SpaceX Starlink broadband system on hold?
September 26, 2018
Elon Musk has more than a few challenges on his plate. He has problems with the powerful Securities & Exchange Commission over comments he made about his Tesla electric car. He is also busy developing the immense ‘Big Falcon Rocket’ (BFR) to take at least one paying passenger around the Moon, and ultimately to take colonists to Mars. The there’s his ‘Boring Company’ and ‘Hyperloop’, projects that would tax even the bravest of billionaires.
His ‘day job’ might still be his highly successful SpaceX rocket business, winning NASA contracts and loyalty from satellite operators. But according to a report from acknowledged satellite and telecom experts at TMF Associates, one area of focus which has gone very quiet is his ‘Starlink’ mega-constellation of satellites designed to bring affordable broadband to a global market. Back in 2016 the Wall Street Journal reported that Musk’s team were forecasting $30 billion in revenues by 2025 and 40 million subscribers for Starlink.
The TMF report states bluntly that the project has for all intents and purposes been put on hold. “We already knew that there was a significant reduction in hiring in early July, but I’m told the cutbacks went much deeper, with a significant fraction of the Starlink team departing.”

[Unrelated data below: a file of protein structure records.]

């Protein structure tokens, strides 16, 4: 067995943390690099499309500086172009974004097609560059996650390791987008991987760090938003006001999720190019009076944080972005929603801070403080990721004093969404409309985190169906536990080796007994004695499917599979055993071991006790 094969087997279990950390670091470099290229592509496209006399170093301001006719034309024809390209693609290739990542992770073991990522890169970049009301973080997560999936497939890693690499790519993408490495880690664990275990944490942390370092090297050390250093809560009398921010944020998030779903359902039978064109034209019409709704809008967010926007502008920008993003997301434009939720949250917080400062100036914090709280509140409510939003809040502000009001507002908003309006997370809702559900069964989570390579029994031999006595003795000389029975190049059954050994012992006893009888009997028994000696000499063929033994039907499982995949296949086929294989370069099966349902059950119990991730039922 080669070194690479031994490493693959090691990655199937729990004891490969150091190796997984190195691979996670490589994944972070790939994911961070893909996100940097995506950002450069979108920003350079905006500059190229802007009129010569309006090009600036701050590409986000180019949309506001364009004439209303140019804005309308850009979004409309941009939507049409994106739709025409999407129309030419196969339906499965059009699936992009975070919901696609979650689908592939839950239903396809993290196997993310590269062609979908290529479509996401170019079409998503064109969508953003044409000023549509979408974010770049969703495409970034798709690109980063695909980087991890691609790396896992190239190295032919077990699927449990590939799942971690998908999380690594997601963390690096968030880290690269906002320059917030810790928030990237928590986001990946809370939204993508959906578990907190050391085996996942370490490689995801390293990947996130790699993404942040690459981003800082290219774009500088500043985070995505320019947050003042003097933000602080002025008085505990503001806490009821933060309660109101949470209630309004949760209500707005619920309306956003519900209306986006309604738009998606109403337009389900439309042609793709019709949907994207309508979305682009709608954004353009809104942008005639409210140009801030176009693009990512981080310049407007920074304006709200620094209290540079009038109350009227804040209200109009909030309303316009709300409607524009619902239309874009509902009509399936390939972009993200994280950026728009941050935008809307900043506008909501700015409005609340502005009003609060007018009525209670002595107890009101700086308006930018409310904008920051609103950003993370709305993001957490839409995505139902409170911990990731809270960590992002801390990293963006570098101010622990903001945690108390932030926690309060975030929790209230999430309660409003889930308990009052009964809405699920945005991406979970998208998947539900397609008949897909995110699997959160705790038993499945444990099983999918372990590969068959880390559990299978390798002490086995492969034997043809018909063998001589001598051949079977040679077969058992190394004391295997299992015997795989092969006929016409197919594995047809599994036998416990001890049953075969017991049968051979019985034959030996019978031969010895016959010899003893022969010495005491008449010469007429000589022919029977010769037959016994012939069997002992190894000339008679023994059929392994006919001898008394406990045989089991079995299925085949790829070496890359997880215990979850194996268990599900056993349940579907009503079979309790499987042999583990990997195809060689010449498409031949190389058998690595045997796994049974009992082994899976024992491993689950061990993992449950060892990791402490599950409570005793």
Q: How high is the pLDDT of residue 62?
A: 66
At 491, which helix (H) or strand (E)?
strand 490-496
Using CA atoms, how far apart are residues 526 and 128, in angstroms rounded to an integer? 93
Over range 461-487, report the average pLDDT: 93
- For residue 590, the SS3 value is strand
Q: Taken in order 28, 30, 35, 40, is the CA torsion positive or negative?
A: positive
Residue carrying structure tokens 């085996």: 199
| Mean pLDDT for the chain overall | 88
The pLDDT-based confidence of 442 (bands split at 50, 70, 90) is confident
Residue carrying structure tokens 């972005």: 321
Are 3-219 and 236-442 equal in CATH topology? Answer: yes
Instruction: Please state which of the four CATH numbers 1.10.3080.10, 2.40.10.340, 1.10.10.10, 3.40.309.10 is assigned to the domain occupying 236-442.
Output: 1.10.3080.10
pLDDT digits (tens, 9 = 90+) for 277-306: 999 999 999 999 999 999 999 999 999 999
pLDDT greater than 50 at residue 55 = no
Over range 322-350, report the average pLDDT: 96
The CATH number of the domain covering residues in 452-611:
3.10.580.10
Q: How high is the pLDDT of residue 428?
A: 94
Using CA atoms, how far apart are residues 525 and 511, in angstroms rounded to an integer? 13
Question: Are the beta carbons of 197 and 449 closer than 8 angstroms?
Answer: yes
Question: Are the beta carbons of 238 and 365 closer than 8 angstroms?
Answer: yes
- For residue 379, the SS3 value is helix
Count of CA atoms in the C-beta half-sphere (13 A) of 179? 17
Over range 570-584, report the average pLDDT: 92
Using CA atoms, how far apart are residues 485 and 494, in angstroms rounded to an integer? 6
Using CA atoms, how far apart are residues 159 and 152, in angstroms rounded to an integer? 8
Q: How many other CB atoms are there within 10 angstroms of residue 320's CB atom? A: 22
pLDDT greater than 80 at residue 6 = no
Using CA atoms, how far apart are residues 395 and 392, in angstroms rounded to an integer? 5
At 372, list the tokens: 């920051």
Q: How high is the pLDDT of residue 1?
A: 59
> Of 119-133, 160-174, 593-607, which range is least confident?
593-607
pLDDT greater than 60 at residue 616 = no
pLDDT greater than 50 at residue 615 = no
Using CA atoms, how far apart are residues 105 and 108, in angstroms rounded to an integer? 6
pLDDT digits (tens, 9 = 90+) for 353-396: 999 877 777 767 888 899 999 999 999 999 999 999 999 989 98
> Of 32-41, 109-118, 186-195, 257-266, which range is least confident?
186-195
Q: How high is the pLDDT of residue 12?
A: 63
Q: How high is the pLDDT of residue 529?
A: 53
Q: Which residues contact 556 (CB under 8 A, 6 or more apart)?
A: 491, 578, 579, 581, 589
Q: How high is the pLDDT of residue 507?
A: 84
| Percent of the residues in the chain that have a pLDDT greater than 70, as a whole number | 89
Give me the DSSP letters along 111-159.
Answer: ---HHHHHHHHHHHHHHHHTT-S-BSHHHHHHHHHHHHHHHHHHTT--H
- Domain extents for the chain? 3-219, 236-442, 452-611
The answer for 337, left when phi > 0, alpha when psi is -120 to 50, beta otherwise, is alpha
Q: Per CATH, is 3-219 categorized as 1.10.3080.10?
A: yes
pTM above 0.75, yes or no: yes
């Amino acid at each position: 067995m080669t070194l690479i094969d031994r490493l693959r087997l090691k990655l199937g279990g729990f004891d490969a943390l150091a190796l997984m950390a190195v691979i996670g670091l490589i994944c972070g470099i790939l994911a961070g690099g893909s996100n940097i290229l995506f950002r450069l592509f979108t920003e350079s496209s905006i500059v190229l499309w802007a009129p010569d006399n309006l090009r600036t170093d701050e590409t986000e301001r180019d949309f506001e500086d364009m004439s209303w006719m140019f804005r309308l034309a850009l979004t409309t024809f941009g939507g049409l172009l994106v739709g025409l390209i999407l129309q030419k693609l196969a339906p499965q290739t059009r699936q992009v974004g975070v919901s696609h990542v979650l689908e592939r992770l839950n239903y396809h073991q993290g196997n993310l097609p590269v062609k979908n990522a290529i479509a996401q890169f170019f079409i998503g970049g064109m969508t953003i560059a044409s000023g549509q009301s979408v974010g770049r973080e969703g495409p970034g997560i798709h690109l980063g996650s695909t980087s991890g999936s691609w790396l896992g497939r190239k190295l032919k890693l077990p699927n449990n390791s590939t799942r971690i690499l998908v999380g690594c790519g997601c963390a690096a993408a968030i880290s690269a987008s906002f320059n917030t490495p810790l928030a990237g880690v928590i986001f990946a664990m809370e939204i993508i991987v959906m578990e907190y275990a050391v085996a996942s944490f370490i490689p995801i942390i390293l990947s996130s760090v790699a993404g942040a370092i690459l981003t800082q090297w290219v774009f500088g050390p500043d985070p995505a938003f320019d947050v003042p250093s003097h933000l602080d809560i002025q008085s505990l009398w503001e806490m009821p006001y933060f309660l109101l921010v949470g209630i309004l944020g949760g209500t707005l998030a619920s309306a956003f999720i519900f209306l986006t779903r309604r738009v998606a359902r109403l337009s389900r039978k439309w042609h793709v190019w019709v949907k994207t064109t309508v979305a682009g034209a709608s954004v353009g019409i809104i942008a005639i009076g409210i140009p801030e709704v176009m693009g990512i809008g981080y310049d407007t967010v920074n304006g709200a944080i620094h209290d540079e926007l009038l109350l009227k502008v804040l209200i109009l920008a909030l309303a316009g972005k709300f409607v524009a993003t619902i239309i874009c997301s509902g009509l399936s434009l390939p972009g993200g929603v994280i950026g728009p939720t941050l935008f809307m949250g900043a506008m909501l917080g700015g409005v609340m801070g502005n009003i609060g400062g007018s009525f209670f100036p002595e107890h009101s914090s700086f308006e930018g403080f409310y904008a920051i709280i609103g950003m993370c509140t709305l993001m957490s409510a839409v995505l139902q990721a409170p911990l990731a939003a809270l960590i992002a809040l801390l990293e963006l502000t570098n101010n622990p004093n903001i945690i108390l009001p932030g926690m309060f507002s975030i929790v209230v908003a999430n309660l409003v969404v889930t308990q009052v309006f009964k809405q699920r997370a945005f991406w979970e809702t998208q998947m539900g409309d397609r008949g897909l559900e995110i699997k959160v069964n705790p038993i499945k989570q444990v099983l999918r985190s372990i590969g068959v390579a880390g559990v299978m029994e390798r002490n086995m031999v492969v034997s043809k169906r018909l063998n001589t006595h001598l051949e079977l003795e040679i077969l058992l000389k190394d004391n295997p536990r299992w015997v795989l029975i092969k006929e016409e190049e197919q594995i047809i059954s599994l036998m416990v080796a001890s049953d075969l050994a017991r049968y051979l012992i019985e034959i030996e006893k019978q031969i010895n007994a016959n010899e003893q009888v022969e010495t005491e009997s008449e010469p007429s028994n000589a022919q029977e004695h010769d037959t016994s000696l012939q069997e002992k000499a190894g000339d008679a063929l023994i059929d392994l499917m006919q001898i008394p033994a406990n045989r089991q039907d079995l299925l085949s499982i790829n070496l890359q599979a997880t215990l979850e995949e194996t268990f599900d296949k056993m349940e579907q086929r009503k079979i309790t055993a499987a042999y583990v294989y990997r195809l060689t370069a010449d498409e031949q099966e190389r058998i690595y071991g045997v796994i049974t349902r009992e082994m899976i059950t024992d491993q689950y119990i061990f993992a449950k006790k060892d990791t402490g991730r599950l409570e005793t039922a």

TMF says the forecasts were “ludicrous” and that funding for Starlink has been switched to the ‘BFR’ project. TMF says: “Without Starlink to support the [overall] business plan, SpaceX will face significant challenges in sustaining its reported $27 billion valuation, as it grapples with an expected reduction from 28 to 18 launches next year, which will very likely cause overall revenues to decline in 2019.”
TMF adds: “It’s only natural that SpaceX would look for a replacement market that can be projected to generate billions of dollars of profitable revenue, and the company now appears to have settled on space tourism, as previewed by Gwynne Shotwell last week, when she suggested that it “will probably be the majority of our business in the future, flying people” with “7 billion potential payloads”.